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Anyone else running one of these? I installed one today and I'm fairly impressed, the idle is noticably smoother. After I changed the cam, heads, intake and carb I was having hard time finding a pcv valve that would work well with my application, this seems to fit the bill. www.mewagner.com

Matt
 

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I haven't purchased one yet but I intend to, I think it will help with the tuning of my EFI, the original equipment one is a compromise at best once one has made changes to the engine, especially camshaft. Keep us posted on how it works out for you, did you tune it yet or just install it as it arrived?
 

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I've used one. Had trouble with the regular PCV valve with the Weber carbs due to very low vacuum signal. The Wagner guys even made a custom job for me to suit my application.

After a while you will forget how pricey it is.


Z
 

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What does it do exactly?
 

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Discussion Starter · #7 ·
Their website describes it alot better, basically it's a pcv valve that you can tune to your engine. The stock pcv valves are for a stock engine, once you add a cam, intake, headers, etc., It might not be correctly calibrated to your engine. This can be fine tuned.

Matt
 

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Plus it's a dual range valve. One setting for idle rpm, and another circuit for cruising .

PCV scavenger systems have limitations, but the Wagner valve minimizes those limitations.


Z
 

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I might order too that Dual PCV valve, even if I have Moroso oil catch can. Only thing I have to modify is Edelbrock valve covers stock baffle, I need to get bigger gap between PCV valve and baffle. 3/4" would be good gap, now I have like 1/4".
 

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Would this be helpful for smoothing out an idle due to a larger cam and providing vacuum for brakes?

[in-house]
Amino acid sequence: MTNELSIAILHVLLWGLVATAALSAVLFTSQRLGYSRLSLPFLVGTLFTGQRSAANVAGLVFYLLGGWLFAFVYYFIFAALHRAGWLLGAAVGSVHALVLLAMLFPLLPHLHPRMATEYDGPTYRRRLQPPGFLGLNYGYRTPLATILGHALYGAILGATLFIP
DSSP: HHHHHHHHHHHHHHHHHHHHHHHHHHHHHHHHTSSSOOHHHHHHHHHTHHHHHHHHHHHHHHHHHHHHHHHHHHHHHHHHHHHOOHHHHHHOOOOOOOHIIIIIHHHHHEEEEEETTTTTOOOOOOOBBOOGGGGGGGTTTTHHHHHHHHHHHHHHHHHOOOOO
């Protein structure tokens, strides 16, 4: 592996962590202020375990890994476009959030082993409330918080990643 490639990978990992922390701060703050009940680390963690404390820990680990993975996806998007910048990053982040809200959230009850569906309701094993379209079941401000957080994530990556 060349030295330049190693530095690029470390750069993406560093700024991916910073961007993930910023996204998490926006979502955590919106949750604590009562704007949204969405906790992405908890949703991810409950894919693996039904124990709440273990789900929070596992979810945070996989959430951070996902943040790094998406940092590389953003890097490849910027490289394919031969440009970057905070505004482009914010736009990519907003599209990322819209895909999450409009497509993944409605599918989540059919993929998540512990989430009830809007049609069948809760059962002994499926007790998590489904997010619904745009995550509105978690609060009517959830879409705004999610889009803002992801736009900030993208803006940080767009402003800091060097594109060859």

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Would this be helpful for smoothing out an idle due to a larger cam and providing vacuum for brakes?


This valve will not "improve" or alter in any way the vacuum the engine produces, that is an effect of your camshaft, intake, carbs) and exhaust system. This valve allows you to tailor it's performance to the characteristics of your cam and intake system. Something Ford engineers spent a great deal of time when they were designing the engine. Aftermarket PVC valves are a close approximation OE valve, the engineering specs for PCV valves has a great deal of information.
 

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I got one few years ago. I was having trouble with rough idle and was getting a lot of oil consumption through my PCV. Tried few different PCVs which were supposed be for lower vacuum engines, made no noticeable difference. Read some good reviews on this adjustable PCV, it is pricey, but after going through the setup process and dialing it in for engine (easy to do), it fixed my issues and I was happy I got it.
 

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So does this put a cap on the amount of vacuum the PCV valve see's? I read how it's supposed to help, just not understanding what it really does.
 

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T.E.T. for the best explanation go to their web site.

In a nut shell with a performance cam idle vacuum is lower than the commonly available PCV valves,so the valve remains or is very close to closed,so the engine cant vent properly.

At cruise that same valve is mostly wide open so blow by is sucked in pretty much unabated.

At WOT it's closed and blow by vents out the open vent,mine has a hose to the air cleaner.

The dual flow is adjustable to vent at both idle and cruise and still close at wot.
 

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I just installed this the other night. Super easy/quick and works as advertised. I recommend it if you have anything that has changed the stock characteristics of your engine.
 
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I was getting some oil around PCV grommet after installing a freshly built high performance engine. Tried a couple types and had same issue. Installed one of these and all has been well now for a couple years. Have them on 2 cars now and observed a smoother/better operating PCV system on each. For me, knowing it's functioning properly made the added cost well worth it. When you see the quality craftsmanship, that also makes you realize that you get what you pay for.
 

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I like the adjustability, but it's a little odd to claim dual range or dual flow. OEM PCV valves feature a spring-loaded valve with infinite self-adjustment. The problem with that is it needs to match the operating vacuum range of the engine, so on a modified engine you'd have to keep swapping valves until you had one that's right.

 

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Running perf cams, heads, induction sys etc and talking from a performance perspective using a pcv valve IMO just puts incendesnt gases and oil misting in the induction system resulting in burned crap on top of pistons. It doesn't do your engine any favors. A "Krank Vent" type of system will work way better. With stock stuff its just not worth bother but with the expense of a nice build I wouldn't use a pcv.
 
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